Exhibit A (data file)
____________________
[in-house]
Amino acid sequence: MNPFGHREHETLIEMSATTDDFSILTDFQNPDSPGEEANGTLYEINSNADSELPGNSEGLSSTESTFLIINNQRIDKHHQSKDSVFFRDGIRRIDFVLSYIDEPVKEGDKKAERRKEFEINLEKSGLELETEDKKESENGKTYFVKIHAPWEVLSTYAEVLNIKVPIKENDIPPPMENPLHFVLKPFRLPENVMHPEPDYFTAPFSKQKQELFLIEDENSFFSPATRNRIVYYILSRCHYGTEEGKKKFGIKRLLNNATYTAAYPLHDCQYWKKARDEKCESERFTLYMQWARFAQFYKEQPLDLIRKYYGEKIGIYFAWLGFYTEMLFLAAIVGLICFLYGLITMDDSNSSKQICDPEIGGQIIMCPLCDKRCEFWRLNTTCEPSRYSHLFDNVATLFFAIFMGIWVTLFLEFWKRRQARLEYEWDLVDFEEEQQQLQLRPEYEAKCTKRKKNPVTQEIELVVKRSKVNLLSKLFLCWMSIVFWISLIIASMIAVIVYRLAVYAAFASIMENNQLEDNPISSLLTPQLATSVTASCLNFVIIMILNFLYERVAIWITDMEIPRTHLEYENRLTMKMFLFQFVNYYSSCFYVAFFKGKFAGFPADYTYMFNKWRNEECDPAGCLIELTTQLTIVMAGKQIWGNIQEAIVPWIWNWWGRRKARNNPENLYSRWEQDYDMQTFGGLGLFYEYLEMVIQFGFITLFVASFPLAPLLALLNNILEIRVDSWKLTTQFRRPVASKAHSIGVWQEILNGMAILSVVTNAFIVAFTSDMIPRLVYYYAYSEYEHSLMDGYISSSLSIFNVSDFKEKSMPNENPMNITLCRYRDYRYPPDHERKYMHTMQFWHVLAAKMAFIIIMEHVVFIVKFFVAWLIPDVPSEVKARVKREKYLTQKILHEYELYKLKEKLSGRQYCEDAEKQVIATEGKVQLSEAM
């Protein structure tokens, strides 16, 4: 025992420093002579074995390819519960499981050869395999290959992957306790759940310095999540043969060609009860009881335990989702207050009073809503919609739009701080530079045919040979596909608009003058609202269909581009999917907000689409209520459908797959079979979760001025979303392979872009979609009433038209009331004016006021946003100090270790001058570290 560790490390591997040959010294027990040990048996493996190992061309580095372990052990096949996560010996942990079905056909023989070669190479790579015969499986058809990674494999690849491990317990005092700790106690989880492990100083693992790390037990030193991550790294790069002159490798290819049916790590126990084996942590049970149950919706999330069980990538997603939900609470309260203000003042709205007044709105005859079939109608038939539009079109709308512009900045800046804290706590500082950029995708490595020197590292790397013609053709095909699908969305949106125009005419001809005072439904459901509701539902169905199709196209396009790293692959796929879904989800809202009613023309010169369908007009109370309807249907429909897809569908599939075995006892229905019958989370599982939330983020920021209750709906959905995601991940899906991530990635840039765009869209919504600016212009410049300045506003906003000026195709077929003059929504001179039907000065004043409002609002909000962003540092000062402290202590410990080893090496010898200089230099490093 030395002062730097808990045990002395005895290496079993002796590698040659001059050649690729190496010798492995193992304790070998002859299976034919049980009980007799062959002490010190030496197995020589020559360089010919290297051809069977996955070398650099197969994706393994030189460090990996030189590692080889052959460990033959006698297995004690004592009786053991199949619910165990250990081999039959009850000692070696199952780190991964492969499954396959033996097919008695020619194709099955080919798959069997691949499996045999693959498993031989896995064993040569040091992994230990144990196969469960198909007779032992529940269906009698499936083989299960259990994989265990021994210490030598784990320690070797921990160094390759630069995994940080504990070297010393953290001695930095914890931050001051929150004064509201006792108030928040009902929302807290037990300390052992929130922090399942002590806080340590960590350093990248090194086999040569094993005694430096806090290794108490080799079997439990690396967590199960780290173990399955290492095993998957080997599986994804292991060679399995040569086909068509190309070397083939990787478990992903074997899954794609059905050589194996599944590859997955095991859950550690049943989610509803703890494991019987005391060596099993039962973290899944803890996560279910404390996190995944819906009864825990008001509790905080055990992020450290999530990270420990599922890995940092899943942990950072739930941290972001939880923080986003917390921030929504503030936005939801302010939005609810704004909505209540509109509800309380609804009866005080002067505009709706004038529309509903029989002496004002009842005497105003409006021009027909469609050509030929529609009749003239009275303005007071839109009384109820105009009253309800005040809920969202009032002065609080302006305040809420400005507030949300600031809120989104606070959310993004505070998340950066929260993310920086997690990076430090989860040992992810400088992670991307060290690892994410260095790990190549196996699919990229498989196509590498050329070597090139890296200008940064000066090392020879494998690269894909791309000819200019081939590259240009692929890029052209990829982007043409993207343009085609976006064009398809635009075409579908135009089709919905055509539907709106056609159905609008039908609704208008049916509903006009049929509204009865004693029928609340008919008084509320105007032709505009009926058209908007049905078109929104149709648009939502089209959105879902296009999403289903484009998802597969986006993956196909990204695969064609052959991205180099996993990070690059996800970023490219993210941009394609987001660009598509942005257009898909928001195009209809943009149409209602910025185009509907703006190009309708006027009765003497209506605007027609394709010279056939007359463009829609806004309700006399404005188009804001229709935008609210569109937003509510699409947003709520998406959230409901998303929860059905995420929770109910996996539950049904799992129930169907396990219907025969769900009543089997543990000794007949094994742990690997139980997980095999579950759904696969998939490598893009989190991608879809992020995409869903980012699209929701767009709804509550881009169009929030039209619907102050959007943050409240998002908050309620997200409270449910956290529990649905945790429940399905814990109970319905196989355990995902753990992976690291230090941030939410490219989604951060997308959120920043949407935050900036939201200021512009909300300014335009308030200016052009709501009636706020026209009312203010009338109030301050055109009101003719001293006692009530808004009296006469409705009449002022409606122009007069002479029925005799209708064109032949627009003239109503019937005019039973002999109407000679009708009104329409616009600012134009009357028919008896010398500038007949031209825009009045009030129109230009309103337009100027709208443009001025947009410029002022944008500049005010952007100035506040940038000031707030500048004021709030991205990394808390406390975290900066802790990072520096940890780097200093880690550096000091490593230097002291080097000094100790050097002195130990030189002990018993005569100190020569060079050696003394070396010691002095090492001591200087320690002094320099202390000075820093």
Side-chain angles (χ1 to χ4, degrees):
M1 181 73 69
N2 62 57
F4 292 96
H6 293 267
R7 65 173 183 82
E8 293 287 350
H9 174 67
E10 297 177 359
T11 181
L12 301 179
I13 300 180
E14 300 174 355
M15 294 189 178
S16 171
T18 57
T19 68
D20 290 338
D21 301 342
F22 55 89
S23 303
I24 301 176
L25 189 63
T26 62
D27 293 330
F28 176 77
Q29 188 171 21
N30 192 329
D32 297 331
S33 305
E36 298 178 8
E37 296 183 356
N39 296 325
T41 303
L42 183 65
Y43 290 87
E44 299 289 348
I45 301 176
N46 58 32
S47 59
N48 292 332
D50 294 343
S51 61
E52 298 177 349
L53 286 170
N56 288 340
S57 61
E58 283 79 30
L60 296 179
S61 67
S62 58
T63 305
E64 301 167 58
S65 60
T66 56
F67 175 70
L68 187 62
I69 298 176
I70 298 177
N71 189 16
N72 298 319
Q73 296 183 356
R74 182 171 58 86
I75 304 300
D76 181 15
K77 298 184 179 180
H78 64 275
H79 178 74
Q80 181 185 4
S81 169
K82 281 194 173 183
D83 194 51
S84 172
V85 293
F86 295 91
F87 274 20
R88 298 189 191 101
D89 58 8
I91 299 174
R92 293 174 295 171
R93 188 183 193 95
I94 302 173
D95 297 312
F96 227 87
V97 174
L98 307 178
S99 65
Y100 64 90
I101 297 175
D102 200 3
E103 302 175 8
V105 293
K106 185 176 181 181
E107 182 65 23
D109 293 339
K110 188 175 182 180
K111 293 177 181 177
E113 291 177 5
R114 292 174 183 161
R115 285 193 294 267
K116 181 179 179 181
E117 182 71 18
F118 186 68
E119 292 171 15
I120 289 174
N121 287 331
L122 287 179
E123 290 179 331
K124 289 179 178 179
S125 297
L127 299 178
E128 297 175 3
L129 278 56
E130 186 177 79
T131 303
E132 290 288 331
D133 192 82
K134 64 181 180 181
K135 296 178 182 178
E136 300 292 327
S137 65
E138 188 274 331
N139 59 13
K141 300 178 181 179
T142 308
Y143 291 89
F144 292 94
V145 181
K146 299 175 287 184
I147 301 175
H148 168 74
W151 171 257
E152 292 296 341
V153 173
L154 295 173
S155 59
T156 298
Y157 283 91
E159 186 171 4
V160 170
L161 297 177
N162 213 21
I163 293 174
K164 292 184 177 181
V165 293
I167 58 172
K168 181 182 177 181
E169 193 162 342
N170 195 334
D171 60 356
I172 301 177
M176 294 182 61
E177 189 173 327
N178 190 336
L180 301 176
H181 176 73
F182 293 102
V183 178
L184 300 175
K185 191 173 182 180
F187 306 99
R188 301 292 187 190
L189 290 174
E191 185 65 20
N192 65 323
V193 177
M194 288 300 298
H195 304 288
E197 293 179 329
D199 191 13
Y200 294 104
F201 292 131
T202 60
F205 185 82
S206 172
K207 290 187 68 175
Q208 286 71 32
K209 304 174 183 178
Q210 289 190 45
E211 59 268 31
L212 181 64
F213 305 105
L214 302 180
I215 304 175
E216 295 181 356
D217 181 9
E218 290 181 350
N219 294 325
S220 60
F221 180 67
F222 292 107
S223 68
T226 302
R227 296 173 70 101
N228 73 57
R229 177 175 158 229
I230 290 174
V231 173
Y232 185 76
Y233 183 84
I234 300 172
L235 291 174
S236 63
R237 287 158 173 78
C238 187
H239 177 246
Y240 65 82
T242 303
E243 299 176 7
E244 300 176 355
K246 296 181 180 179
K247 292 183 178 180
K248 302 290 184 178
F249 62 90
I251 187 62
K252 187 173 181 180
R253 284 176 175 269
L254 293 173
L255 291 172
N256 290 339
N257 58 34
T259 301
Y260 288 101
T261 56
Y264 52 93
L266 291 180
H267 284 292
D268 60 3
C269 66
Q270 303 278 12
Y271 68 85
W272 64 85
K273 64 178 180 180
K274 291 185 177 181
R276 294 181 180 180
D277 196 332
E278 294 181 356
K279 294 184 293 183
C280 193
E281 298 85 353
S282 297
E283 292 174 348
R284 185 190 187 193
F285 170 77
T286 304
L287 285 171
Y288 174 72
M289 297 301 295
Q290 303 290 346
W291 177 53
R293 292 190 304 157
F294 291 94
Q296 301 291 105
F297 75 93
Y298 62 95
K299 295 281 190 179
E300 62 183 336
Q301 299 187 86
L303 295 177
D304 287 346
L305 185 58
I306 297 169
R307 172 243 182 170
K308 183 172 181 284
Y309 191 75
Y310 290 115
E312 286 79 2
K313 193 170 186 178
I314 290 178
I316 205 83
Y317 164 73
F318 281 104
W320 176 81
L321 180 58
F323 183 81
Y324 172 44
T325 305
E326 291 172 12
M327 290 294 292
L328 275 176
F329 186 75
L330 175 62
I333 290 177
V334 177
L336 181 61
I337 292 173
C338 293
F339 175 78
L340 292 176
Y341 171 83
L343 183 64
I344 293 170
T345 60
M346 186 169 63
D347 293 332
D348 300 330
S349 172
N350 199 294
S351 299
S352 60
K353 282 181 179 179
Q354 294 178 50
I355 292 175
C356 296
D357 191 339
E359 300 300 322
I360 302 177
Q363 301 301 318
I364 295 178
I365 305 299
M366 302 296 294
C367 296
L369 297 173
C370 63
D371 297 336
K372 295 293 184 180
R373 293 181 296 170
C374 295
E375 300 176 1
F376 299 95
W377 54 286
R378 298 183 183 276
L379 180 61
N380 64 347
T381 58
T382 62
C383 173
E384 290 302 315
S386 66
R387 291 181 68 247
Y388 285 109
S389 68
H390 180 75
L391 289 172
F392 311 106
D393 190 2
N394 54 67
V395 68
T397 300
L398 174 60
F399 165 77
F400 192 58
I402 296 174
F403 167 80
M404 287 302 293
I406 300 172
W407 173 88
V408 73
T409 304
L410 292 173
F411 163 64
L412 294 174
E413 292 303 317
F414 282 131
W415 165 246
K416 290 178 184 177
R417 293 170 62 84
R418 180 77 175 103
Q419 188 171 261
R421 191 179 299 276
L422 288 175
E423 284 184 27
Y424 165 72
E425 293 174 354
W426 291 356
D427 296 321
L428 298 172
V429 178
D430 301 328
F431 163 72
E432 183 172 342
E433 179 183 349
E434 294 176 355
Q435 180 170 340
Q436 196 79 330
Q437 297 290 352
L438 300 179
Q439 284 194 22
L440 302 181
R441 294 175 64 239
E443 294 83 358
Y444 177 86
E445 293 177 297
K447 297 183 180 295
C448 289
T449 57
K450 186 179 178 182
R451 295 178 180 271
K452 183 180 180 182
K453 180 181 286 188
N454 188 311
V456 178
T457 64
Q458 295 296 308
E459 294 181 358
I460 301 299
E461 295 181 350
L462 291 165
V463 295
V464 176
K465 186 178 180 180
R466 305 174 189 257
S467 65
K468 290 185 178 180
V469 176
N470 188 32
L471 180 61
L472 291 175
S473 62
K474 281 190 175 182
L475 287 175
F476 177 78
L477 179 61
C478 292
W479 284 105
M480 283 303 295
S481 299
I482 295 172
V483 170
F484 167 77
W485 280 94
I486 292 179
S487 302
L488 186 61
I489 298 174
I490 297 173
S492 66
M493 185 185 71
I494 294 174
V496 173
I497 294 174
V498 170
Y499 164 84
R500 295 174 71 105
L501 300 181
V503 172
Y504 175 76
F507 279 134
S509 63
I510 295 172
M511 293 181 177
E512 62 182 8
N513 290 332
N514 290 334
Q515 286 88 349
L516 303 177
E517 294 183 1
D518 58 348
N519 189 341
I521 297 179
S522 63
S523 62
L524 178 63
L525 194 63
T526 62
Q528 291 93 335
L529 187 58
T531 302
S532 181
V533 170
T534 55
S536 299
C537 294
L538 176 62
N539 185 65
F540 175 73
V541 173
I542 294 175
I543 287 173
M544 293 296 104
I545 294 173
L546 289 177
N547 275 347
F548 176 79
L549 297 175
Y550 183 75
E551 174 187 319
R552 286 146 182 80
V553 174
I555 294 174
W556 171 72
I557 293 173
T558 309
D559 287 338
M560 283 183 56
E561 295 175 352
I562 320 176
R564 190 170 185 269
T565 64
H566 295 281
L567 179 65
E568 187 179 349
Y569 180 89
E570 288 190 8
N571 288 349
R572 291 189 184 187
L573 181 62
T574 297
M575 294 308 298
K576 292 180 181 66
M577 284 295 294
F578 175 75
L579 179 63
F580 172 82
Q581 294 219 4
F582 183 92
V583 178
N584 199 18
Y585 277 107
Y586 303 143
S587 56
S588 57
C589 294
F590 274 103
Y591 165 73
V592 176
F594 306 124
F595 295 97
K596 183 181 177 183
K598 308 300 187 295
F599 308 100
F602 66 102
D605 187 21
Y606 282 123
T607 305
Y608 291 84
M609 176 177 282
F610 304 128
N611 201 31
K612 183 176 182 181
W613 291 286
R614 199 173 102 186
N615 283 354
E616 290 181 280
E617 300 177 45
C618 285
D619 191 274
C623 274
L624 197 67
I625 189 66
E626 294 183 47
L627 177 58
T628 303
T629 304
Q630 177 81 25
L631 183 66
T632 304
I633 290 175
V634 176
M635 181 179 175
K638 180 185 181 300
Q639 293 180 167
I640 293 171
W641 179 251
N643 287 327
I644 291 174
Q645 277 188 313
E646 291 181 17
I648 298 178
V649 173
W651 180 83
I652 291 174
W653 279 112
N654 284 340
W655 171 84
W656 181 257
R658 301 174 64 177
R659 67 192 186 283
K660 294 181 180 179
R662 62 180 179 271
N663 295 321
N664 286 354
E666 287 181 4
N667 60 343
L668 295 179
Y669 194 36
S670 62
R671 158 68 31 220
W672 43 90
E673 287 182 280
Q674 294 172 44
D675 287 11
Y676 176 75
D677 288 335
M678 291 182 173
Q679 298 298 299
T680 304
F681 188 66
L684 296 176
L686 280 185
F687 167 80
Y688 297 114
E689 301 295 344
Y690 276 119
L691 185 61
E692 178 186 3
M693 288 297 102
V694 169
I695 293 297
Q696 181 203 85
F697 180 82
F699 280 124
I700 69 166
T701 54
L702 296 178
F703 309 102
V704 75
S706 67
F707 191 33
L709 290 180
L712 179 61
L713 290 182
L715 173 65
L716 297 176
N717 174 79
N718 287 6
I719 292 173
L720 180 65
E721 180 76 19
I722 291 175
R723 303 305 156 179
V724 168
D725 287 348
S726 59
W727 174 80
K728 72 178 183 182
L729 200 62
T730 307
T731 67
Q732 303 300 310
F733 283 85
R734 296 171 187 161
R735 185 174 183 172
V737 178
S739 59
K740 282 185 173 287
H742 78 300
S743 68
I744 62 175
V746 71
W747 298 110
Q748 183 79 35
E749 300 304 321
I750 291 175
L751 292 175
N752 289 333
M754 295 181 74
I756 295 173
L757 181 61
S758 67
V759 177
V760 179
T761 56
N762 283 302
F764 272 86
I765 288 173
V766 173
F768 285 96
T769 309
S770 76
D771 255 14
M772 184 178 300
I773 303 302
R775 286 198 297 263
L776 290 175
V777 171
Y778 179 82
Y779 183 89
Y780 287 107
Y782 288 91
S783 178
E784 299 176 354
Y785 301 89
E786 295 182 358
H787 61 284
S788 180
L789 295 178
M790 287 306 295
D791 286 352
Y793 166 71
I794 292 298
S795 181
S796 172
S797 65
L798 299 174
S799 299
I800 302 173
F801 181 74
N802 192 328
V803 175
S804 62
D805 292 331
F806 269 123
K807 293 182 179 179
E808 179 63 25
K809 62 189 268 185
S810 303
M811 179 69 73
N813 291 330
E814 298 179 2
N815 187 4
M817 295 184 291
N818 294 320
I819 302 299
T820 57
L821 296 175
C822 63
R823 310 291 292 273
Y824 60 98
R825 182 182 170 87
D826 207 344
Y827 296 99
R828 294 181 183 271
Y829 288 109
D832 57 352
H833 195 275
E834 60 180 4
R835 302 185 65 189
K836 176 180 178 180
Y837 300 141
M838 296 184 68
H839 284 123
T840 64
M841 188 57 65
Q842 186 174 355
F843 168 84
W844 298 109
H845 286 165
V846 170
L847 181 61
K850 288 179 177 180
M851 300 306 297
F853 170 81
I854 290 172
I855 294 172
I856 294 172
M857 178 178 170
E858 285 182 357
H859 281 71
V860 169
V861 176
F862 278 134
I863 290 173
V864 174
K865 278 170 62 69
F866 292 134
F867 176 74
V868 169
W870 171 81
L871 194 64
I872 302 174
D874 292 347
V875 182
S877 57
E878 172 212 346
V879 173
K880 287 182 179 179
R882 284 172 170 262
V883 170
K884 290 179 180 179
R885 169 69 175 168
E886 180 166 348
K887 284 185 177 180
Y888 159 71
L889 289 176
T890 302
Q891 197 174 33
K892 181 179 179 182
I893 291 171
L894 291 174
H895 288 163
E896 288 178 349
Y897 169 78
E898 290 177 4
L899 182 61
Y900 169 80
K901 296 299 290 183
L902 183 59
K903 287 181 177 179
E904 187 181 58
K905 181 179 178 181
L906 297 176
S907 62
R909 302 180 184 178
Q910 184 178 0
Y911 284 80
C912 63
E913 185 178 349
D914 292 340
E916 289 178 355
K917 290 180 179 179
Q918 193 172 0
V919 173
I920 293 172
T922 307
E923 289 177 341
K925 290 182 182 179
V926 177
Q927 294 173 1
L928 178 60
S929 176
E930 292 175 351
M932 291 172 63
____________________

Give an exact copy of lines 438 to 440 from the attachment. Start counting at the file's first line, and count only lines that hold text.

L501 300 181
V503 172
Y504 175 76